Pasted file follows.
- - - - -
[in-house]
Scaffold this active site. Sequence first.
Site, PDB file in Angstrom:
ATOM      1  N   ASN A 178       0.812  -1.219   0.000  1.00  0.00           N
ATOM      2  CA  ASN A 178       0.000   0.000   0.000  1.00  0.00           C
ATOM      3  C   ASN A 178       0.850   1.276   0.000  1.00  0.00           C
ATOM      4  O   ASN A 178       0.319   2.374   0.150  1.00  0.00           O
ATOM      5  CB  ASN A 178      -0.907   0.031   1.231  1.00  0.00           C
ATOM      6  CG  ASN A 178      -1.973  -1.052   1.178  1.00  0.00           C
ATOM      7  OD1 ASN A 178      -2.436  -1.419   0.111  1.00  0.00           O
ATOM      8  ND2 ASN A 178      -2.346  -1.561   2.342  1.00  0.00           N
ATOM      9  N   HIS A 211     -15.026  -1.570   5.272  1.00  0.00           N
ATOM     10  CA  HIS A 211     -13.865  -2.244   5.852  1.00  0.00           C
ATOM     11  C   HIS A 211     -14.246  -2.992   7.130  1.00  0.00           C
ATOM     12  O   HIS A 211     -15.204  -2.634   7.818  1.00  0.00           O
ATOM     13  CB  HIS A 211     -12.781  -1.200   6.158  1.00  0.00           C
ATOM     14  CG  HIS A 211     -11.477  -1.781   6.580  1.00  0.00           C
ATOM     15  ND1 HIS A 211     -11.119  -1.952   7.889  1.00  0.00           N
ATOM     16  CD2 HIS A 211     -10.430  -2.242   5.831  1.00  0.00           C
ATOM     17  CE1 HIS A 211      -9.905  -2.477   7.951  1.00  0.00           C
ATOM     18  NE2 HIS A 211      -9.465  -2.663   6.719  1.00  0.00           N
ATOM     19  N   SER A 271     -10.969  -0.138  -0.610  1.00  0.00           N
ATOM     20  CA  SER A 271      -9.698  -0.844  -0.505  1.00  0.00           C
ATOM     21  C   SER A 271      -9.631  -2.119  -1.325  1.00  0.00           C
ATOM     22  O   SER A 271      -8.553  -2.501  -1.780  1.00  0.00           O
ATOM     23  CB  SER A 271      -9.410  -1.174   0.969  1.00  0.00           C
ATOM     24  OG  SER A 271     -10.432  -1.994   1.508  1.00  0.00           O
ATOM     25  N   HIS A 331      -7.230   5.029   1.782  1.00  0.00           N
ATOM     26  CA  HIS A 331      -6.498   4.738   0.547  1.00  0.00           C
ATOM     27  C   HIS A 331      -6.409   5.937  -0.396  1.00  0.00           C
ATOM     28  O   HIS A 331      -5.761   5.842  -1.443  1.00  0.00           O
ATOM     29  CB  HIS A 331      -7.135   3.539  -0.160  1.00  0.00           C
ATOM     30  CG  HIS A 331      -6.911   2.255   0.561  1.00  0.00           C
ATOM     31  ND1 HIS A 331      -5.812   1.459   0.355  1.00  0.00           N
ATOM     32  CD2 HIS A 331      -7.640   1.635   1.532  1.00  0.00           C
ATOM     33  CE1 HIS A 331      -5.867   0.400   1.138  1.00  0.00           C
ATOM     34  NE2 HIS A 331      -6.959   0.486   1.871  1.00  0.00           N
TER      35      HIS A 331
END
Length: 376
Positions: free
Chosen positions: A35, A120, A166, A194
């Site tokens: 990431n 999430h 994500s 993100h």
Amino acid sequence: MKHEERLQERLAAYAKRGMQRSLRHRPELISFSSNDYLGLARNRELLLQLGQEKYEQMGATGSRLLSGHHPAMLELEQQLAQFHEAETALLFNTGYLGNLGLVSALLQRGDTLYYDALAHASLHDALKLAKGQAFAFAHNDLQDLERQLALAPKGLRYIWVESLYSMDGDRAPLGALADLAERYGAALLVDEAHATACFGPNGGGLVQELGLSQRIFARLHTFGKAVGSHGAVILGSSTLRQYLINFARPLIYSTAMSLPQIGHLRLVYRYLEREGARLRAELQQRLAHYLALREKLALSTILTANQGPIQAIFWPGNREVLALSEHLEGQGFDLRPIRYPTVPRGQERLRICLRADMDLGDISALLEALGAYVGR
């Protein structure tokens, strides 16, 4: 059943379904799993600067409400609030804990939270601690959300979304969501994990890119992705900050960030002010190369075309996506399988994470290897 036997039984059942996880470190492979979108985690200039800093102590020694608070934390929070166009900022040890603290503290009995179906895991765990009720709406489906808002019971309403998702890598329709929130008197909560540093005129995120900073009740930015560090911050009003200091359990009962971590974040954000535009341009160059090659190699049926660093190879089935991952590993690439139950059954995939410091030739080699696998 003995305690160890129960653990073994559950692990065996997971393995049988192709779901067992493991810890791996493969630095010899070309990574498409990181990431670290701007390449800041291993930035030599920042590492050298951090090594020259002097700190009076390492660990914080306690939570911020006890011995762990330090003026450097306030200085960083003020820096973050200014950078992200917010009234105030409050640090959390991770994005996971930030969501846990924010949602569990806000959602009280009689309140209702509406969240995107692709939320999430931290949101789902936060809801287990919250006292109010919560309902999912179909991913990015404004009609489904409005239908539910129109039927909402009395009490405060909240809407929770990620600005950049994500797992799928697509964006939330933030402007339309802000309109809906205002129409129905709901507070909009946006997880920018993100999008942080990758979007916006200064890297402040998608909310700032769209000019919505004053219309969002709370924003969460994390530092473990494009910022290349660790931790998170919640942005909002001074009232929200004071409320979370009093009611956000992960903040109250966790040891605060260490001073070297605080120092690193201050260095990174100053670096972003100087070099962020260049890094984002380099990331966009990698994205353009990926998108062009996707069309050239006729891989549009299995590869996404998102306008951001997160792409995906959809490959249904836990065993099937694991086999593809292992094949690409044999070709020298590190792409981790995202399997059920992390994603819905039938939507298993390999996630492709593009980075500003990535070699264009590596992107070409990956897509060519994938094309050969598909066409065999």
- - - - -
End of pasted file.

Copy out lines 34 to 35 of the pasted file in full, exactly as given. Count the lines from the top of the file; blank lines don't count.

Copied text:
ATOM     31  ND1 HIS A 331      -5.812   1.459   0.355  1.00  0.00           N
ATOM     32  CD2 HIS A 331      -7.640   1.635   1.532  1.00  0.00           C